I was at the gym the other day and noticed a sign on the machine that caught my attention. “What is my desired range of motion?” I wondered. “How much resistance am I willing to try in order to strengthen my legs? Will I injure my knees if I take on too much? But if I don’t, how will I build capacity?” These questions apply every bit as much to our willingness to tackle difficulties in life, let alone the proper form for weight training.
Lately, I’ve had several troubling realizations occur at once, leaving me feeling overwhelmed, disappointed, and dispirited—most of them involving matters well beyond my control, but they directly impact me nonetheless. If I had it all my way, I wouldn’t be confronted with any of it—the search for romance gone awry, parental resistance to aging issues, and ongoing questions about earning a living. (It doesn’t help that my birthday’s around the corner, which sours my mood that much more.) Just one of these topics presents sufficient challenge, but when they all arrive at once, it causes me to want to curl up and pull the covers over my head…
Have you ever found yourself in the same boat?
Since nobody’s going to ride in on a white horse and magically erase all my problems, I have to find my own way out. A wise friend counseled that I try to find something in each situation that I can be grateful for. Of course, my gut reaction was an emphatic, “Nothing,” but herein lay my resistance. Even I, the author and champion of the re-booting process, can easily fall down that woe-is-me rabbit hole.
Back at the gym, as I sat on the machine contemplating desired range of motion, I realized that the only way we gain strength is when we push ourselves, a little bit at a time. If we remain at the same weight and the same range of motion forever, our muscles don’t strengthen, our bodies aren’t forced to adjust. So, too, with the personal matters I’m confronting now. Maybe I can’t do anything about my dad’s hostile refusal and denial about aging issues, but I can learn to become less invested in his choices. I can decrease my sense of responsibility. I can accept that my help is not wanted. I can learn to step away and still retain loving feelings.
What does doing so teach me?
Setting clearer boundaries with those we care about is a tricky business, precisely because we’re so invested. I imagine the families of addicts confront this problem everyday… I realize I have a proclivity for taking on the problems of others as my own, and this is not a good thing. Respecting boundaries—theirs and ours. Huh. So now I find myself with the opportunity to stretch beyond my normal instincts and master the art of stepping back. Let the chips fall where they may…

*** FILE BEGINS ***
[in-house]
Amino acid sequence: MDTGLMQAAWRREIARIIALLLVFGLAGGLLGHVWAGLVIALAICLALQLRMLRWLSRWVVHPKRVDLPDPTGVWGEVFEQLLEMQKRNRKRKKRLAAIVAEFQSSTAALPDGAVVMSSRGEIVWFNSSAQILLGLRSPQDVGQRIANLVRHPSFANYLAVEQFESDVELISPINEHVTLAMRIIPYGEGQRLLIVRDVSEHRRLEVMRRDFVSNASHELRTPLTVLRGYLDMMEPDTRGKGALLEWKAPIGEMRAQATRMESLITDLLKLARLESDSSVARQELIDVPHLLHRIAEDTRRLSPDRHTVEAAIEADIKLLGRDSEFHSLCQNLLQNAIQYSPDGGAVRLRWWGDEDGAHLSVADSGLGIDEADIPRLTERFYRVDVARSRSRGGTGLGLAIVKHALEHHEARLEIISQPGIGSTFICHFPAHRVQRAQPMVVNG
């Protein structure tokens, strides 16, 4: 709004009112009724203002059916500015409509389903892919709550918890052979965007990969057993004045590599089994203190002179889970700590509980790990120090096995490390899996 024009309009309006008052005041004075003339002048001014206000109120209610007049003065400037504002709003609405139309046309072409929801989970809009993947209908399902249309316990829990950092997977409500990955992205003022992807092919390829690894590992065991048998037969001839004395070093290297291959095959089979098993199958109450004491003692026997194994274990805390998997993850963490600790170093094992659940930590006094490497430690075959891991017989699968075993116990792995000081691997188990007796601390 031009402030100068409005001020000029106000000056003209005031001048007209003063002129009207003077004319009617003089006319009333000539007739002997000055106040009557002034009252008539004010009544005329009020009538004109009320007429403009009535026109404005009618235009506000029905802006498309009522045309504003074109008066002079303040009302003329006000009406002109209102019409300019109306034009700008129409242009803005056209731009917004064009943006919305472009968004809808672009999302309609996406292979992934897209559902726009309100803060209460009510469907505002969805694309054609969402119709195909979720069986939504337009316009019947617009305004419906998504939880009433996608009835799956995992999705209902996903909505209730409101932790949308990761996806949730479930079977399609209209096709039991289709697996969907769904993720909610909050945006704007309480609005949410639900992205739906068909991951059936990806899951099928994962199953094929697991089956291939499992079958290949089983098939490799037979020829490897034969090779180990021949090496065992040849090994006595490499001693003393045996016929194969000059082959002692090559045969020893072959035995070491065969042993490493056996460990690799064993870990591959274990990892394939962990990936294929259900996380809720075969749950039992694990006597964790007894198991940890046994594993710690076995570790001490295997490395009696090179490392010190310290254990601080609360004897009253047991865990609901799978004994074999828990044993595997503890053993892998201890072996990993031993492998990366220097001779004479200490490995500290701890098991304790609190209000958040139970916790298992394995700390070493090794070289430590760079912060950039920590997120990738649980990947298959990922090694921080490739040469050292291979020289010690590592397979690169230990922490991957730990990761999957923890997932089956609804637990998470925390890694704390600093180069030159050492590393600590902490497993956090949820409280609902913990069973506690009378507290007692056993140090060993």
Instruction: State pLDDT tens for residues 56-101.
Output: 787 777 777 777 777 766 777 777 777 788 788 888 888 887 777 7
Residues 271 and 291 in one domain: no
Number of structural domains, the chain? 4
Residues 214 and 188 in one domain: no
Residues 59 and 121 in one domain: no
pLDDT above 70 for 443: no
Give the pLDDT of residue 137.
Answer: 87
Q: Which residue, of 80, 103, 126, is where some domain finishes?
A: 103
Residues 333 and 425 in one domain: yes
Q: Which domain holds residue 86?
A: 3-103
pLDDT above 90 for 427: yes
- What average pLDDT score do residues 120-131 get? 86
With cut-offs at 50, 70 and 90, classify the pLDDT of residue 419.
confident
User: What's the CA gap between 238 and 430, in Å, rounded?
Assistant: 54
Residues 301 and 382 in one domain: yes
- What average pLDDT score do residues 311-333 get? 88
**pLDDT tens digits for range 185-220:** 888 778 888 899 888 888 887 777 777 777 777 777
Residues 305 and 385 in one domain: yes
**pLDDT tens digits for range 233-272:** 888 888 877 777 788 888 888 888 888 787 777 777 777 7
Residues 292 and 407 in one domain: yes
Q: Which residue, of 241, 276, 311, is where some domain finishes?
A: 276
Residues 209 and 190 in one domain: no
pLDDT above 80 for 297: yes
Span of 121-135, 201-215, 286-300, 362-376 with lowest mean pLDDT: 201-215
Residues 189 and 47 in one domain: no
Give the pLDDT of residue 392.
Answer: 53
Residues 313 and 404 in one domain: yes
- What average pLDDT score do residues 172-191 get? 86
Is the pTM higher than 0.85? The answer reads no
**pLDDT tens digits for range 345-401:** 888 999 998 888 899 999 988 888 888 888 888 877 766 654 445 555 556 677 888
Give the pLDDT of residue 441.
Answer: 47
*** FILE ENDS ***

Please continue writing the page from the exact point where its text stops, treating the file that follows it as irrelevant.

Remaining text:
As someone who really likes having a game plan and follow through, it is extraordinarily difficult to let things rest if I detect fuzzy spots. I’ve always preferred clarity; it makes things so much easier (Ha! Good luck with that one, Chrisanna). Alas, when it comes to the very fuzzy arena of budding relationships, it worked against me to believe things were more defined than they were, to rely on the words expressed as literal expressions of intent, to ignore the ordinary caution that comes up when getting to know anyone new. Never mind how rare it is to stumble across anyone with whom we have genuine chemistry, sometimes they walk away–which is what happened to me. So, what am I grateful for in this situation? Being brave enough to put myself out there, being willing to make myself vulnerable, having the confidence that this disappointment is not the final word, wishing the other person well, and being willing to try again… The entire experience extends uncomfortably beyond my desired range of motion.
So, what about you? What edge can you push in order to grow?
The older we get, the more comfortable it is to remain in our familiar little spots. Summoning the will and the energy to force ourselves to try a new approach—especially when it comes to disappointment or frustration–is a significant undertaking, but I want you to try. You wouldn’t be reading this blog if you weren’t interested in doing better. We’ve all seen people calcify into their fixed routines, fixed ideas, and fixed reactions—comfortable with their original game plan, never mind that it’s far from optimum. We’ve watched as their stubbornness has hurt them and those nearby.
It’s sad to see them refuse to reach for something better.
While we can’t do it for them, we can do it for ourselves.
So, with this post, I’m asking you to reflect upon some current distress in your life and push yourself to find some aspect you’re grateful for. Just doing this will push at your edges, but it will also provide desperately needed perspective. If we can find hope in our troubles, we become stronger and less afraid. That range of motion can extend further than we imagined.